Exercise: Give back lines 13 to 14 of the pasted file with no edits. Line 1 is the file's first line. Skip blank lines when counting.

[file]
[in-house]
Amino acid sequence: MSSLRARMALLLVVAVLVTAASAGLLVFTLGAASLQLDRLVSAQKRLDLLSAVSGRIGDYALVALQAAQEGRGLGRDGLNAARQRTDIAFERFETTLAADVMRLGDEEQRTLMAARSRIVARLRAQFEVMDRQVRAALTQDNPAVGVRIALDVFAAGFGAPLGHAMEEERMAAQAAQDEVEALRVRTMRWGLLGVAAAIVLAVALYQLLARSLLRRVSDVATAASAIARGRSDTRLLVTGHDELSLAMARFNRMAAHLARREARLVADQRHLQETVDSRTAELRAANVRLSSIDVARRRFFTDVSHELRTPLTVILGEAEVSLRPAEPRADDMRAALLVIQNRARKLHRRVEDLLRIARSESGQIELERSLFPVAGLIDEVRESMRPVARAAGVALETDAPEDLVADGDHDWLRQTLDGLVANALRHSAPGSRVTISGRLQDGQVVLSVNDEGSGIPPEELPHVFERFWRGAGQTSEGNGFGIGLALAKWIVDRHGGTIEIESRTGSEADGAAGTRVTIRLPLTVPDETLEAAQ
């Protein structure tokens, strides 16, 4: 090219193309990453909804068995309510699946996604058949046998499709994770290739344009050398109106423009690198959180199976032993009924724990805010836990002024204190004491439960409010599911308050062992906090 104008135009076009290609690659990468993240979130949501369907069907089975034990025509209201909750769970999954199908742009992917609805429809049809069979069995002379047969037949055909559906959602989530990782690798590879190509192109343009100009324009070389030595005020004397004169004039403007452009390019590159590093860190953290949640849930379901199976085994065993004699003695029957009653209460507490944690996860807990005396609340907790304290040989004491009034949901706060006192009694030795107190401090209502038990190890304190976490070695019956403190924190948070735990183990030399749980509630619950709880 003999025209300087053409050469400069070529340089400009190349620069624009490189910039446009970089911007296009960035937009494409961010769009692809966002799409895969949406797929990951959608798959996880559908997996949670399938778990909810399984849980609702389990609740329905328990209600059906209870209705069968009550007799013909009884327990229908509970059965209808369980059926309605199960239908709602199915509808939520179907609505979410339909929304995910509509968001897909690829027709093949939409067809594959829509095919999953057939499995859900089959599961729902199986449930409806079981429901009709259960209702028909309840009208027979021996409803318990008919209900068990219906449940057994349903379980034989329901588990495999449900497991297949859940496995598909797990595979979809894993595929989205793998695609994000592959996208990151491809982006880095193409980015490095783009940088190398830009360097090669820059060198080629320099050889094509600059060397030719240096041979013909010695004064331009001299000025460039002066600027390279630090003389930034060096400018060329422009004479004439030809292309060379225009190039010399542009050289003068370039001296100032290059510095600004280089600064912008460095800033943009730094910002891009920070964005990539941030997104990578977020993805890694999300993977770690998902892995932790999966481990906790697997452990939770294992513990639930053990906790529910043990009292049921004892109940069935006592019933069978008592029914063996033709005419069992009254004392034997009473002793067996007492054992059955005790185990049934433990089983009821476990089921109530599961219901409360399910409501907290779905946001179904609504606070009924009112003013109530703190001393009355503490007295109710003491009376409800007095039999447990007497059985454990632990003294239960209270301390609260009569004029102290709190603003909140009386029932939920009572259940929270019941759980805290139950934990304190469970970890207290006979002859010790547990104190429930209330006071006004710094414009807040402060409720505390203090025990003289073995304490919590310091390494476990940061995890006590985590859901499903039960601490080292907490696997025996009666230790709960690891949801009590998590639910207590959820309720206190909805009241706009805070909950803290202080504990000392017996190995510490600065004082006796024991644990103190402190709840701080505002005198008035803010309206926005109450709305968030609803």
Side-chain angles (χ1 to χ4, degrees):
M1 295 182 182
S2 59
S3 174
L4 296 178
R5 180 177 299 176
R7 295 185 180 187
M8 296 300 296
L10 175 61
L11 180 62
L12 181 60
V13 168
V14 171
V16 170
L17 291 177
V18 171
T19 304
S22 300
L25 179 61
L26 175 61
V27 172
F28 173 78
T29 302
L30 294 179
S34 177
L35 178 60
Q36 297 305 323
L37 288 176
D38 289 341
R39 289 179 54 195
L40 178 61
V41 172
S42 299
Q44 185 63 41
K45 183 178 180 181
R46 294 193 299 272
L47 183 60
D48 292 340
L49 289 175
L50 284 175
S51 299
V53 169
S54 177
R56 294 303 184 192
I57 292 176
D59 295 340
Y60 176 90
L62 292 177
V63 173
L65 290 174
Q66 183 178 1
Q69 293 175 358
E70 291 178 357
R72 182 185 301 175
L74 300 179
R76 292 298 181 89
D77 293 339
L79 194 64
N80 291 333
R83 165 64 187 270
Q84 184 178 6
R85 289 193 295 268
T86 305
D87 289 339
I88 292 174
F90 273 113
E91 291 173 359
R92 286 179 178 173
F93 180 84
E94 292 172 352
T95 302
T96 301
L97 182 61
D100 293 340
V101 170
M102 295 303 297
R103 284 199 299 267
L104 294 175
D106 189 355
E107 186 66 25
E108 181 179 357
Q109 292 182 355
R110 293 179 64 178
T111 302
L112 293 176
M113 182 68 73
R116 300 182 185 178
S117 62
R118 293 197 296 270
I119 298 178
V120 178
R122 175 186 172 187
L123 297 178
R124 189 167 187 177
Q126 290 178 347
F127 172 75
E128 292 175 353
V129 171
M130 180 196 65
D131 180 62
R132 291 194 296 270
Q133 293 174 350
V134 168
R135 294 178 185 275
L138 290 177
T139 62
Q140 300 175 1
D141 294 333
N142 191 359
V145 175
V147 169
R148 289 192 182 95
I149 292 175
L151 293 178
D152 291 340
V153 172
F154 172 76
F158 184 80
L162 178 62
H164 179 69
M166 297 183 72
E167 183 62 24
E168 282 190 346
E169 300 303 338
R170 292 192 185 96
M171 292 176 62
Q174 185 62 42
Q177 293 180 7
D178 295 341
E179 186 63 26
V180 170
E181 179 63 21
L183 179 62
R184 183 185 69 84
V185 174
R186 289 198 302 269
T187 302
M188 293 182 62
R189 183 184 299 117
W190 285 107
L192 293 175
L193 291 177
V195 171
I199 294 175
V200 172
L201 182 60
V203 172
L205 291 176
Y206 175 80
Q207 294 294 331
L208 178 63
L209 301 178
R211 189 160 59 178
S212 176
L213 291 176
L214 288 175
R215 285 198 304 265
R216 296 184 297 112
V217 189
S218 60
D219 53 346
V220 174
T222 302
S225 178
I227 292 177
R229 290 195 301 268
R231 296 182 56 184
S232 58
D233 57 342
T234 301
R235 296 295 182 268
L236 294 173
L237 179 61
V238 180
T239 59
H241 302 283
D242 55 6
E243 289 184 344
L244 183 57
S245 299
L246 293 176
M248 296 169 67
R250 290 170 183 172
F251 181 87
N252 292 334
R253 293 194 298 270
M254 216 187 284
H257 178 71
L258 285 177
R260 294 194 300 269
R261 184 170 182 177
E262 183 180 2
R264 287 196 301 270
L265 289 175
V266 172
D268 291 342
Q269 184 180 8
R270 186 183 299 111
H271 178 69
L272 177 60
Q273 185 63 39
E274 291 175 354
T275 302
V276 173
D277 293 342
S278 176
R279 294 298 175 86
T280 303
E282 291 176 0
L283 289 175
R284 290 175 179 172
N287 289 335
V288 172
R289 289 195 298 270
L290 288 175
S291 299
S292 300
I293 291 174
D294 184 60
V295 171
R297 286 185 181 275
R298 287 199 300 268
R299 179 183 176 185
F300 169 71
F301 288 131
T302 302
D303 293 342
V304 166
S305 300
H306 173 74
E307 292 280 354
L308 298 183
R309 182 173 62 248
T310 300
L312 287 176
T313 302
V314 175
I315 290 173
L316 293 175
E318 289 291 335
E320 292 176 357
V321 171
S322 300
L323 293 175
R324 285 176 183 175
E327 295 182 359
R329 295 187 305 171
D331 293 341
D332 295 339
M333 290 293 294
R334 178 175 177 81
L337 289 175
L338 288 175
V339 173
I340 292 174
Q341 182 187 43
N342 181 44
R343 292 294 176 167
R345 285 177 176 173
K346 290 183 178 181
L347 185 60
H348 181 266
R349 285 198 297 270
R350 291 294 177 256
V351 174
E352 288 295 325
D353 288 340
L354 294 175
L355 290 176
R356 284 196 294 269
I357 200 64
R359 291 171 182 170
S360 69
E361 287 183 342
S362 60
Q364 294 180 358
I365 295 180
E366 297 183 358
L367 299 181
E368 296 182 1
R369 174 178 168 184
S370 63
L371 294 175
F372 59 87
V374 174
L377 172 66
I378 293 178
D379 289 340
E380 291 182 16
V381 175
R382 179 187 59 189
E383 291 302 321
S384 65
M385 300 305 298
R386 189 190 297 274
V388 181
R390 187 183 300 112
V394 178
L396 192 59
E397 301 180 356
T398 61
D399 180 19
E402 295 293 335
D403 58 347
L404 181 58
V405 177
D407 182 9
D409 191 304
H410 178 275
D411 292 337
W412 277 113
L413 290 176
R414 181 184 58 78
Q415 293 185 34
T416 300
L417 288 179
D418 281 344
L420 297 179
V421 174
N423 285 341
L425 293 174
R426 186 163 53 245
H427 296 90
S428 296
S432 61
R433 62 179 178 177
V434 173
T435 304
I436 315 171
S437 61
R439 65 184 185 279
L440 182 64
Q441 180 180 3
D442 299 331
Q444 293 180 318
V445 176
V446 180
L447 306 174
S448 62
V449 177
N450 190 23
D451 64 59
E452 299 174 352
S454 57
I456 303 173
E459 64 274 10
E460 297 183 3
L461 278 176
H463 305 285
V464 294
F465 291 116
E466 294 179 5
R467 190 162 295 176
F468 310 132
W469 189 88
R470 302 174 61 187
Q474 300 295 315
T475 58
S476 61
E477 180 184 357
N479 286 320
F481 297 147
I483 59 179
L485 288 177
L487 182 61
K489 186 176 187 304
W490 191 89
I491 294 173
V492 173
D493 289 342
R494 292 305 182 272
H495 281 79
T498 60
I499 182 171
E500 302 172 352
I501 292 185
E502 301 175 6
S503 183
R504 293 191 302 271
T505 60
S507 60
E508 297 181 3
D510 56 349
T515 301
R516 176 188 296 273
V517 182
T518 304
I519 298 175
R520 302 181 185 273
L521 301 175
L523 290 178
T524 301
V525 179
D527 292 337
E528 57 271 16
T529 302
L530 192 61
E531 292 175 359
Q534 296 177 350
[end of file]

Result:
L11 180 62
L12 181 60